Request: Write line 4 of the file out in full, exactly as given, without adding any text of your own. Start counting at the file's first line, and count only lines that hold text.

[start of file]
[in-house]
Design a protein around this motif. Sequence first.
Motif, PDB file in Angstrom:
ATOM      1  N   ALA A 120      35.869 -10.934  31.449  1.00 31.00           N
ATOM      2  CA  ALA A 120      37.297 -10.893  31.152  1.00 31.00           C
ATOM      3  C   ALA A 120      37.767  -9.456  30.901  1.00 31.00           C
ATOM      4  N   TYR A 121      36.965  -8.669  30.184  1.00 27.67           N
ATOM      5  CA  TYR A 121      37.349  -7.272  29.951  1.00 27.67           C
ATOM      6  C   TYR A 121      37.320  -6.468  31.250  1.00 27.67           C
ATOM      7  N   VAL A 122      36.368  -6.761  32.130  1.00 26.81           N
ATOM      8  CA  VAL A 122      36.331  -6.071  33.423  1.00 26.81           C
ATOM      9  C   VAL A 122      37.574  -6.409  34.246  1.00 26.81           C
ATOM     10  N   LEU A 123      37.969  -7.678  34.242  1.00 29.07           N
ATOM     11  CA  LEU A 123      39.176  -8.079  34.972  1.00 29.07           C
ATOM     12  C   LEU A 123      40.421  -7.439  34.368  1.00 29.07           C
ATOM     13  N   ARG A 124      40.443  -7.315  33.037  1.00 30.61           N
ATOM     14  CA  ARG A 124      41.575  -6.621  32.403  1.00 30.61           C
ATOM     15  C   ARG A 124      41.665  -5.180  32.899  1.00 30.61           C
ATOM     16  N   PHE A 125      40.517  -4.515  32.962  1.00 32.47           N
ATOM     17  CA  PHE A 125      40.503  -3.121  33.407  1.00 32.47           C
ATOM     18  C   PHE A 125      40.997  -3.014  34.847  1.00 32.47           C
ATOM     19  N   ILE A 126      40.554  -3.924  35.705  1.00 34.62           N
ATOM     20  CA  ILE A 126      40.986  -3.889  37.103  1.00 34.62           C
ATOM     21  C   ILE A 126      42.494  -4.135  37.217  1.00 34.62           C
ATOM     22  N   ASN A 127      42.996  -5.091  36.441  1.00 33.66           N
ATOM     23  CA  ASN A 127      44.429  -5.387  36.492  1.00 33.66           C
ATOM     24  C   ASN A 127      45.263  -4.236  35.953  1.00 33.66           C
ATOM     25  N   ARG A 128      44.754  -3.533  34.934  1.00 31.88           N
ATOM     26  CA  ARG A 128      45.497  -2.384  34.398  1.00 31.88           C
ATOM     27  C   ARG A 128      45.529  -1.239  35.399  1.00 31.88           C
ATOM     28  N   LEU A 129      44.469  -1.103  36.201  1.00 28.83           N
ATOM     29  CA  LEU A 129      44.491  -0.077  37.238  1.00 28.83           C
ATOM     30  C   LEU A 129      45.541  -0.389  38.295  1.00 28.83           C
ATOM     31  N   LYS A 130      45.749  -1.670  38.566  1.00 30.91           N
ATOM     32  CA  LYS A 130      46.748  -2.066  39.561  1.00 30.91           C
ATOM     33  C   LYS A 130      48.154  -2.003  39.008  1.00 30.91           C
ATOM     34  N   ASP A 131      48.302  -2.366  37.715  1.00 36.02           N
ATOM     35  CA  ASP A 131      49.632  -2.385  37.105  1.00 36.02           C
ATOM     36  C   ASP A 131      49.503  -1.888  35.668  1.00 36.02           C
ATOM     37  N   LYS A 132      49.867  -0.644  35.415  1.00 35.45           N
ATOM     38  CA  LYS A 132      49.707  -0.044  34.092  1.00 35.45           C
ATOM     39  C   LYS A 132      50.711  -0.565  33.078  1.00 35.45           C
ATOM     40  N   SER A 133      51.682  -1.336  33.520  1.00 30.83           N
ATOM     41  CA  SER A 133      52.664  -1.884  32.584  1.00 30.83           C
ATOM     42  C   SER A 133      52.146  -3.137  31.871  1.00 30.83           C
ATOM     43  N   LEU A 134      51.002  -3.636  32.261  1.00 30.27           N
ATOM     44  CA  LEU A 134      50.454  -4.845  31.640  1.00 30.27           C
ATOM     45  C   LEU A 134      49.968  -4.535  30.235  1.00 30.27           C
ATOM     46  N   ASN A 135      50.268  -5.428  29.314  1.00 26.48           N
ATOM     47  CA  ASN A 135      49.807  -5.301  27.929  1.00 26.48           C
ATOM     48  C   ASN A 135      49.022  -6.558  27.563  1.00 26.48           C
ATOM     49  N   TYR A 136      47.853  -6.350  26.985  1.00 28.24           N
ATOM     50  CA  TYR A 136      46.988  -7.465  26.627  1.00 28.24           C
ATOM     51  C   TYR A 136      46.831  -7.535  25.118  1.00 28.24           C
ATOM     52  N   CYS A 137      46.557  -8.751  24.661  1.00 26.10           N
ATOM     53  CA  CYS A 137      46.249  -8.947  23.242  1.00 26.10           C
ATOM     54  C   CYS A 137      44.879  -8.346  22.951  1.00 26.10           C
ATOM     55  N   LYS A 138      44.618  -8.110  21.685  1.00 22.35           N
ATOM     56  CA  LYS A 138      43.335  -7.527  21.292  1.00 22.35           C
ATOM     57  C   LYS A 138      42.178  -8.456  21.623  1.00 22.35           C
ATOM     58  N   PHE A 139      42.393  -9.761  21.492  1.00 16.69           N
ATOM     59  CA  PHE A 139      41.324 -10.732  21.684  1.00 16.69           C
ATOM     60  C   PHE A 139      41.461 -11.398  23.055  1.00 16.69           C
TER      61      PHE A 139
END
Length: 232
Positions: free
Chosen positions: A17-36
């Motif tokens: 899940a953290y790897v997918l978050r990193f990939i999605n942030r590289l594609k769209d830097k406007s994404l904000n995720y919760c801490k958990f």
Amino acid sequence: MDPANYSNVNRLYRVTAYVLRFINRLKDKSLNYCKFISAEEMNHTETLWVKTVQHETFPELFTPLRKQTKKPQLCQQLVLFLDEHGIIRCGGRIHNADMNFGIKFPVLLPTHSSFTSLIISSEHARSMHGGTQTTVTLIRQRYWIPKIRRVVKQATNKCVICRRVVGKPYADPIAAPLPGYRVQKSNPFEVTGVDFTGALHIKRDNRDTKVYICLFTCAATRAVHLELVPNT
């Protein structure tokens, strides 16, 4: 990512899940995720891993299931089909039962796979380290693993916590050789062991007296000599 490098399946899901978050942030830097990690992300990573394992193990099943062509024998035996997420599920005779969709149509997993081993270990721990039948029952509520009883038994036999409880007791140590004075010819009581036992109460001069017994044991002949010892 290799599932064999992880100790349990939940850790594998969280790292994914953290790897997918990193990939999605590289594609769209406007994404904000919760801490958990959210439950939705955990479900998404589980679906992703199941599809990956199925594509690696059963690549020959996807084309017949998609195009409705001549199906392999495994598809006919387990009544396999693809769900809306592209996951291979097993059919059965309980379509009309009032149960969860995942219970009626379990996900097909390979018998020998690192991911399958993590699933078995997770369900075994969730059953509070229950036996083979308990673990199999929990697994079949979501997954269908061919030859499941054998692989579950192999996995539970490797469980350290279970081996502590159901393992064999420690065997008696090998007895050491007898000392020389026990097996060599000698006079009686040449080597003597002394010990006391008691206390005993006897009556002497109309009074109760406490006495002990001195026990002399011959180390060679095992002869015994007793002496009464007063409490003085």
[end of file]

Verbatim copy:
ATOM      1  N   ALA A 120      35.869 -10.934  31.449  1.00 31.00           N